Tracey Helton-Mitchell, activist and author of The Big Fix
"The Weight of Air is at once an intensely personal memoir and a much-needed blueprint for saving lives during this time of profound crisis."
Brandon del Pozo, PhD, retired deputy inspector of the New York City Police Department and retired chief of police, Burlington, Vermont
"Poses's offbeat humor leavens the chilling details of an often heartbreaking but ultimately hopeful story."
Carol Giacomo, journalist and former member of the New York Times Editorial Board
"This honest memoir is a gift to the reader--and it will save lives. David Poses holds up depression, self-doubt, and fear for our scrutiny and offers real, tangible hope. This book will be on my mind now--always."
Charlotte Bismuth, author of Bad Medicine
"Poses's all-out honesty is not only compelling, but serves to uncover failures of our system and to illuminate evidence-based practices."
Will Godfrey, founding editor-in-chief of Filter Magazine
"With painful but often funny details, David Poses describes his lifelong depression, which he medicated with heroin and other opioids. In his persistently, courageously contrarian memoir, Poses advocates for opioid substitution medications, an effective, life-saving alternative to the unregulated, shame-laden rehab merry-go-round that sets up patients to fail--and frequently to die."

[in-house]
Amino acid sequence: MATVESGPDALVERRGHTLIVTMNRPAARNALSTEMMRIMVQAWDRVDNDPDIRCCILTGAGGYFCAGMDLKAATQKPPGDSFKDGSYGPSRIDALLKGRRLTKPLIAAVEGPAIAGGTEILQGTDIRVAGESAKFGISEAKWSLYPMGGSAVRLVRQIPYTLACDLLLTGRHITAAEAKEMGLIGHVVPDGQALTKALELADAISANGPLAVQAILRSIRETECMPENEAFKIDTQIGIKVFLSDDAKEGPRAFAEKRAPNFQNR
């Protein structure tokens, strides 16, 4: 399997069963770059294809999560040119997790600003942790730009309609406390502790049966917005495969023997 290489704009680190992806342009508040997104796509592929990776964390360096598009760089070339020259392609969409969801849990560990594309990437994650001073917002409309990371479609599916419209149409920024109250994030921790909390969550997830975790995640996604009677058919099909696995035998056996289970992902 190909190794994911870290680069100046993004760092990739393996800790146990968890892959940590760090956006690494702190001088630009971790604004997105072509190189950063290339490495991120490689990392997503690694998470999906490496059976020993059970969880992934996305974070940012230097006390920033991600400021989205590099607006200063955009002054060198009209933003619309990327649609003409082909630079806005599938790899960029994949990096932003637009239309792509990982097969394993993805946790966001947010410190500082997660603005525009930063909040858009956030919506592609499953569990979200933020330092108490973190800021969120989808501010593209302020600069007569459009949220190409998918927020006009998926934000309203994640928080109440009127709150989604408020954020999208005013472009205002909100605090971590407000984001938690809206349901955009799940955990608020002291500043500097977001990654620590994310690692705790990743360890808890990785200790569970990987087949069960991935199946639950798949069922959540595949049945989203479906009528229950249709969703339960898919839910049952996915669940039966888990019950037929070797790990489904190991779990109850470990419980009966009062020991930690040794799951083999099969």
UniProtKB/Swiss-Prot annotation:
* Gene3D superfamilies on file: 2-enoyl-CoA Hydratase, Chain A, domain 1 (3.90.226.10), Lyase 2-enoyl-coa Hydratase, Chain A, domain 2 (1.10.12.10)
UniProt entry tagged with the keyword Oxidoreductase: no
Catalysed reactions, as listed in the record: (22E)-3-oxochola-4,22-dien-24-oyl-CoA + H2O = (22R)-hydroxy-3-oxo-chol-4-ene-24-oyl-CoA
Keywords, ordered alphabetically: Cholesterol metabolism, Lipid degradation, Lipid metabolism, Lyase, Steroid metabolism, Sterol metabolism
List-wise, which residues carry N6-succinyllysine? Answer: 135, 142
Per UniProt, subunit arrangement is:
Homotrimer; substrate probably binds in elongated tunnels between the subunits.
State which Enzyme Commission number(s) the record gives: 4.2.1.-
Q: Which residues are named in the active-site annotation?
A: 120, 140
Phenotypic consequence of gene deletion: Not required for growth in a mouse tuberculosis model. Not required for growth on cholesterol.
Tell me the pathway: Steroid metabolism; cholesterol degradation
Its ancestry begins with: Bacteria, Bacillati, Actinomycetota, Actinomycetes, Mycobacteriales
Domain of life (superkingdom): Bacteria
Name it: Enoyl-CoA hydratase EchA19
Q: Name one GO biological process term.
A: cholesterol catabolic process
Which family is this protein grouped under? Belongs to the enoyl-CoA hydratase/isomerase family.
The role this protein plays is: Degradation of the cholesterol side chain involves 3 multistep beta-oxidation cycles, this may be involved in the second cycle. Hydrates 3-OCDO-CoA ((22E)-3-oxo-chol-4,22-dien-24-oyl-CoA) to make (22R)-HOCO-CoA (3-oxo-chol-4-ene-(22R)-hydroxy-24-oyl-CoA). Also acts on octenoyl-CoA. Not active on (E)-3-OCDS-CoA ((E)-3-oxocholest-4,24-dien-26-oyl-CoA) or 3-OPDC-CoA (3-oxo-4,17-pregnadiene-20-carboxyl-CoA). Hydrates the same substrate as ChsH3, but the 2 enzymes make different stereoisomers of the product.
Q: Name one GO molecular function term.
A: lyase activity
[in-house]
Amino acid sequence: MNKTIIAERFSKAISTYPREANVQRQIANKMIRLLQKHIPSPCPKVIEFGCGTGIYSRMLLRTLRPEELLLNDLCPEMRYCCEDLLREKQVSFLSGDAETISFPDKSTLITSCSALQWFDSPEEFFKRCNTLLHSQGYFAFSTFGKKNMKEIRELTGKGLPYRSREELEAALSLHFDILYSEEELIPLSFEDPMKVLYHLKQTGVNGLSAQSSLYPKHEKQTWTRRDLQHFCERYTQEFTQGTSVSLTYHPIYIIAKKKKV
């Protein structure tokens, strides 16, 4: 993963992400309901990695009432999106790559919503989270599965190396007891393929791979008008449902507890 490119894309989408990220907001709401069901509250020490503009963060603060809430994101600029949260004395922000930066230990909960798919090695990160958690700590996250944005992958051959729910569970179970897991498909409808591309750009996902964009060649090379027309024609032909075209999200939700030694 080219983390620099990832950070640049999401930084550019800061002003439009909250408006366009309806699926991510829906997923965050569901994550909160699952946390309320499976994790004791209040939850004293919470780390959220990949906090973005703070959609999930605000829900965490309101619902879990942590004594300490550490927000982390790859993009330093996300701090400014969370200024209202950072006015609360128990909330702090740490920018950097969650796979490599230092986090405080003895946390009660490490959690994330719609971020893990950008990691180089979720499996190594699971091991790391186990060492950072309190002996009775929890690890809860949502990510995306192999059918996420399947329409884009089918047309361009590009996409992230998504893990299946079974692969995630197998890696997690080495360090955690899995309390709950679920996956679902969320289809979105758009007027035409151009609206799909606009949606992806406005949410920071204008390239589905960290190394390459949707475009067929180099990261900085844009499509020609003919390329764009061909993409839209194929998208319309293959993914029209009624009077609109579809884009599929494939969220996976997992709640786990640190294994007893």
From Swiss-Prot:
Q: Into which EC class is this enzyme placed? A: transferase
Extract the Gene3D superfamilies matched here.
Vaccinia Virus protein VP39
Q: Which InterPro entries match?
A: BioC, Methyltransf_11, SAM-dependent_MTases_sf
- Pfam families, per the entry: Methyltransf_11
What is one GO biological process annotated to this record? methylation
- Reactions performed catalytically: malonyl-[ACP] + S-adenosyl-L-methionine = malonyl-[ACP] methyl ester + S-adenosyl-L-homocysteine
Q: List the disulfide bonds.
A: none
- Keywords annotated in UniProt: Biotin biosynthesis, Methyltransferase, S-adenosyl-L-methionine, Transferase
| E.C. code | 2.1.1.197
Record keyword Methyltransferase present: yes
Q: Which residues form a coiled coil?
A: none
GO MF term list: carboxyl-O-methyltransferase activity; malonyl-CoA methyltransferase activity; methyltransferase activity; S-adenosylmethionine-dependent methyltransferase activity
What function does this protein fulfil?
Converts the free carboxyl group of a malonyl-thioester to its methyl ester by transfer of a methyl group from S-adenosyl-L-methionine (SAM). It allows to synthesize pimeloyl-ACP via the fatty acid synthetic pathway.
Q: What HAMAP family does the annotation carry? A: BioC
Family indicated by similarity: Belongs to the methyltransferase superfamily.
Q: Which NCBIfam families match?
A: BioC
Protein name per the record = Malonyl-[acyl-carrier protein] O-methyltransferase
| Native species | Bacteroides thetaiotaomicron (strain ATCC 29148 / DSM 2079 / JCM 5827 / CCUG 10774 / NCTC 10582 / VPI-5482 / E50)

Carlyn Zwarenstein, author of On Opium
"Entertaining, honest, darkly comedic, and smart as hell, David Poses's The Weight of Air is a painfully accurate portrayal of heroin addiction and the sorts of treatments forced upon us. . . . [His] book is badly needed during a time when the overdose crisis is at its apex."
Amy Dresner, author of My Fair Junkie
"David Poses shares his life story and his struggles with rare, raw honesty. . . . This book will help readers better understand why people use substances and the urgency to reframe our responses and thinking."
Petra Schulz, cofounder of Moms Stop the Harm
"The Weight of Air makes us comes to grips with the fact that opioids are not just used for physical pain--they also ease psychic pain. . . . It takes a special kind of bravery to share the darkest period of your life. . . . [This book] is a testimony to [David's] strength."
Jennifer Hornak, registered nurse who lost her 32-year-old son to a heroin overdose
"By sharing his own story with uninhibited candor, David bravely creates a path for others to do the same. This necessarily includes exposing the underbelly of our nation's broken addiction treatment systems, which have not evolved to keep pace with decades of emerging evidence."
Stephanie Papes Strong, founder and CEO of Boulder Care
"Brutally honest account of one man's journey through the shame and stigma that surrounds substance use, harm reduction, and the treatment that follows. A must-read by David Poses."
Guy Felicella, peer clinical advisor, BCCSU (British Columbia Center on Substance Use)